I feel a lot of people act weird due to minimal exposure, if any, to the disease and not understanding fully what is happening to the PWD…they look fine…healthy not sick, right?.   We find interacting at first to be awkward…We don't know how to adjust our communications or actions…we are inexperienced in understanding this disease.  We either talk to fast or too loud as if louder will get an answer or response or direct our conversation to the CG failing to realize the PWD is still capable of responding.  We fail to realize that the PWD  has to process what is said or work so much harder to complete a task.  The PWD is still the same person we have known for years who now has a disease that interrupts their ability to live their life without concessions.  We cannot empathize with the PWD.  Therefore we become awkward, uncomfortable, seemingly cold, not knowing how to interact with the PWD in a meaningful way…inadvertently blurting out silly remarks or insensitive questions or expect no change to what had been our 'normalcy'. 

 

I am thankful to the members living with this disease and sharing the ups and downs, your feelings and the work a rounds to continue to live life to the fullest.  You are all so amazing.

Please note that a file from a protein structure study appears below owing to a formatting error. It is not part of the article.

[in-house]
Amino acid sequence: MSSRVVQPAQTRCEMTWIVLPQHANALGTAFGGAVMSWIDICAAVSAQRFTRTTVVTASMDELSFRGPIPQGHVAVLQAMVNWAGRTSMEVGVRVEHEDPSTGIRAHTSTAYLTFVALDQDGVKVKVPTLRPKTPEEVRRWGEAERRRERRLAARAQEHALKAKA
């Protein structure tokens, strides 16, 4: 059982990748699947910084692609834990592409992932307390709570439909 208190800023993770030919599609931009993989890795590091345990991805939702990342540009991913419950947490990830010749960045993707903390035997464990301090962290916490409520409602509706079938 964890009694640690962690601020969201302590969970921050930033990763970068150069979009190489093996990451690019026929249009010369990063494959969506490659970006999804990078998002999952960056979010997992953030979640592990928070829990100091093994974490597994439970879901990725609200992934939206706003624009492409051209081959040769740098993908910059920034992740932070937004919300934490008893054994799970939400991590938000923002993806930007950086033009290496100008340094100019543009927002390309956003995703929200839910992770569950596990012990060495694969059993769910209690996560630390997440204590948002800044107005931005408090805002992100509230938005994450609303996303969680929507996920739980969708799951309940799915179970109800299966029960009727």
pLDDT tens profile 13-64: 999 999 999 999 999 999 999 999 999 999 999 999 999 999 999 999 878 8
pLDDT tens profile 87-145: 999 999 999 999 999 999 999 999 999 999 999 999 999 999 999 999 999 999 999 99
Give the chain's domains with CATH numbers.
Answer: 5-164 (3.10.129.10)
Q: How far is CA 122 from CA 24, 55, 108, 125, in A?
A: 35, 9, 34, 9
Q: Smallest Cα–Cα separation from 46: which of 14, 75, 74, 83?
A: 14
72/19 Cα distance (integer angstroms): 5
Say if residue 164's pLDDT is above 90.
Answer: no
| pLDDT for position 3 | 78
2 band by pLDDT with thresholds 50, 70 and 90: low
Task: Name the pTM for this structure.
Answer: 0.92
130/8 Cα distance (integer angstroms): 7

Ellen


Iris L.
Posted: Monday, June 26, 2017 1:50 PM
Joined: 12/15/2011
Posts: 18502


I think a lot has to do with our modern society.  I remember, when I was a child, people treated the old people better.  They just accepted that the old people would need more help, and that they would have to be more patient.  For some of the old people, people said they had "old timer's disease."  That was their way of saying Alzheimer's Disease.  They knew there was something wrong with them.


I think the modern people are so focused on themselves, that they cannot fathom the idea that another person has changed.  If they do notice a change, they don't care.  It's all about THEM.  They have no time to truly see another person.  This is what I have observed in my own life, with people who used to be very close to me.  I never asked them for anything, but to be understanding, but they couldn't even dredge up a bit of understanding.  This is why I don't disclose to anyone now.  I can't deal with the coldness, as you put it, alz+.